I had brought my comfort book: a frayed paperback copy of The Undomestic Goddess by Sophie Kinsella, a funny novel that I always bring on vacation. I had also brought a little extra sleep medicine on the advice of my nurse practitioner. I remembered the wise counsel of my therapist: a little denial goes a long way. Nothing would be gained by sorting through raw emotions in the guest room.

I swallowed my medicine, settled in with my book, and stepped out of my world of grief, into the world of the silly main character. For perhaps the hundredth time I read about her accidentally spraying bathroom cleaner onto her hair, I imagined the ridiculous bleached streak, and some of the tension left my body. The day of driving caught up to me and I fell asleep quickly.

(Sophie Kinsella, you have no idea how many times in the past five years you have helped me take a break from grief, escape my problems, and even laugh. This is the power of writing. If I have provided that type of comfort for even one person, I am a success. Anyway, shout out to Sophie, and heartfelt thanks.)

Sorry for digressing, but it had to be said.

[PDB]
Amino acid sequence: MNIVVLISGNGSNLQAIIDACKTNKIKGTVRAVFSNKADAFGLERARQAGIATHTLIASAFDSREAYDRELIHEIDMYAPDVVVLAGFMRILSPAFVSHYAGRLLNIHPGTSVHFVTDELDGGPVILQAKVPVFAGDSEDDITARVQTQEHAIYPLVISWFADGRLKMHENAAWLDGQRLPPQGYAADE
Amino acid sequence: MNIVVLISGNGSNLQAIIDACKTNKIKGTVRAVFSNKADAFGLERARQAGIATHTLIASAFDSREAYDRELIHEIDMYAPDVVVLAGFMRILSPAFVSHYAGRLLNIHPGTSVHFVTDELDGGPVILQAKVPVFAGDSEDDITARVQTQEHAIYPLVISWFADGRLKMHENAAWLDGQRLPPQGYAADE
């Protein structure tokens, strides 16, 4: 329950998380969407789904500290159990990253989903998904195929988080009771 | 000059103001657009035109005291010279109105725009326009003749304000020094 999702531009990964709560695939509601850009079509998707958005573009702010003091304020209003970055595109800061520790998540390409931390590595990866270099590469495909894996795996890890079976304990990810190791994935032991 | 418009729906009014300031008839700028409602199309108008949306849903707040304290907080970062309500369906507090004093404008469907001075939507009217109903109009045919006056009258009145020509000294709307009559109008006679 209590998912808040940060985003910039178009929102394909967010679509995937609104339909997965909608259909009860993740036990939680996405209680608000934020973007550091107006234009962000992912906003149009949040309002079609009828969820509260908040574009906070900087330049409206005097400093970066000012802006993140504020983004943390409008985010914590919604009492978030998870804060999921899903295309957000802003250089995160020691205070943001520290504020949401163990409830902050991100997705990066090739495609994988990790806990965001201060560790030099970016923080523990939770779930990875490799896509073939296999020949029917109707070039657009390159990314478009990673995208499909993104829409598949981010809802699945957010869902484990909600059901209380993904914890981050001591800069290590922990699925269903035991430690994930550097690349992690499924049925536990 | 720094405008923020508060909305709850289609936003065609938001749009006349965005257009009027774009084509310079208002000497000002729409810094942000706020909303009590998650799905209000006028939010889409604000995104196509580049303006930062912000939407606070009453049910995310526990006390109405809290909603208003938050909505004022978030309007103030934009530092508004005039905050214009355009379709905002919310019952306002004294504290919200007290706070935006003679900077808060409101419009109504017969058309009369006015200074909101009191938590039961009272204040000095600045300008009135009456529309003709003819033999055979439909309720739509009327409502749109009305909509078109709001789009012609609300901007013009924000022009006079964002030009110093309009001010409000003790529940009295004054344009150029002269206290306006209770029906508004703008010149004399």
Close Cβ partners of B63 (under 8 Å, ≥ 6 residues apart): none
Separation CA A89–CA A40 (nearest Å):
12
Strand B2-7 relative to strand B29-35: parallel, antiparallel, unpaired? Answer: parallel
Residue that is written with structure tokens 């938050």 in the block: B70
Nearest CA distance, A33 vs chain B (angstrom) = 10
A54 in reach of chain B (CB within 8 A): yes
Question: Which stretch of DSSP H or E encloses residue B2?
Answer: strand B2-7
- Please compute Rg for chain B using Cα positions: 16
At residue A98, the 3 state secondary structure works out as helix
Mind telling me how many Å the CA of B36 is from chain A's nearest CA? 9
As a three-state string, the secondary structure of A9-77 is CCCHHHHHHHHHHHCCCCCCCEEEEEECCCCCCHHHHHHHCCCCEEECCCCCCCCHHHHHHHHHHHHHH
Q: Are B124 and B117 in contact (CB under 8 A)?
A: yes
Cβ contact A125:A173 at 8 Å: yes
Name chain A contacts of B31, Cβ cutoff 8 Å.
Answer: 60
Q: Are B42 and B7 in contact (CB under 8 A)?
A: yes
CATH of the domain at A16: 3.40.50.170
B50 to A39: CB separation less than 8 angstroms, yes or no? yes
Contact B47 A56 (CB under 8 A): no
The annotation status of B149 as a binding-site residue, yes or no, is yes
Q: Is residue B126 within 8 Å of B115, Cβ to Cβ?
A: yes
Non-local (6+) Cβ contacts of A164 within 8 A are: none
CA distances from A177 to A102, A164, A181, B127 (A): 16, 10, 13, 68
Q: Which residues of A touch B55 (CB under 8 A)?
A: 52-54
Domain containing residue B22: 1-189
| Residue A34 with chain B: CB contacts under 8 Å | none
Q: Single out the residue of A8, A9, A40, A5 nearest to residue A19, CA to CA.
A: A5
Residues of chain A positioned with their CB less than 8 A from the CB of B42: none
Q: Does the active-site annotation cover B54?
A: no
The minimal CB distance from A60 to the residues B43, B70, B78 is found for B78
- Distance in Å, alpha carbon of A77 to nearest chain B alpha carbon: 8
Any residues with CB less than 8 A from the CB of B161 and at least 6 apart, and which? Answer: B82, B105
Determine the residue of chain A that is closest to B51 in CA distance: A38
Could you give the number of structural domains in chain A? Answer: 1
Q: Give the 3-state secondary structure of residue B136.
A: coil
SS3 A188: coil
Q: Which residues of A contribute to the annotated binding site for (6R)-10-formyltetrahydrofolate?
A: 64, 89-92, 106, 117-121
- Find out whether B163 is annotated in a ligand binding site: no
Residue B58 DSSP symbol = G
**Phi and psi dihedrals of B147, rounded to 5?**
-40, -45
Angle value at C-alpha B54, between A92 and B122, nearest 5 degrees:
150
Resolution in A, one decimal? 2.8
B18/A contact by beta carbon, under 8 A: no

Unfortunately, the fraying in the fabric of my mood worsened. Most of that second day is a blur to me now; I vaguely remember the ride to the school, the tour of the campus, lunch at my cousin’s house. I remember eating a ton of cookies at lunchtime; I’m not a delicate, willowy griever. I’m a stuff-your-face-to-fill-up-the-space griever. I can’t imagine refusing food and I make no apologies for that.

By late afternoon, my head was spinning. I had made a hotel reservation much too late (my signature move) so I was staying at least a mile from everyone else. We had about an hour before an awards ceremony, then dinner. I went with my parents to their hotel room for that bit of down time.

As soon as we closed the door, I imploded. The fabric of my mood disintegrated so thoroughly that it became a pile of random thread. I remember saying, “I can’t stand it.” I remember bursting into tears-- and not the kind where you sniffle and a few drops of water spill elegantly from your lashes. Oh no, not at all.

This was completely undignified, a gulping, choking crying jag that commandeered my entire body. I wanted my boy. I was surrounded by people who still had their boys. I just couldn’t stand it. I felt so achingly out of place.

My parents started crying. We clung together in a tight teary circle for minutes. They were all set to load the car and drive me back to CT, no questions asked, no explanation necessary. At the very least, they were willing to skip dinner entirely and fetch me McDonald’s. My Mom and Dad love me so much, and I never take that for granted.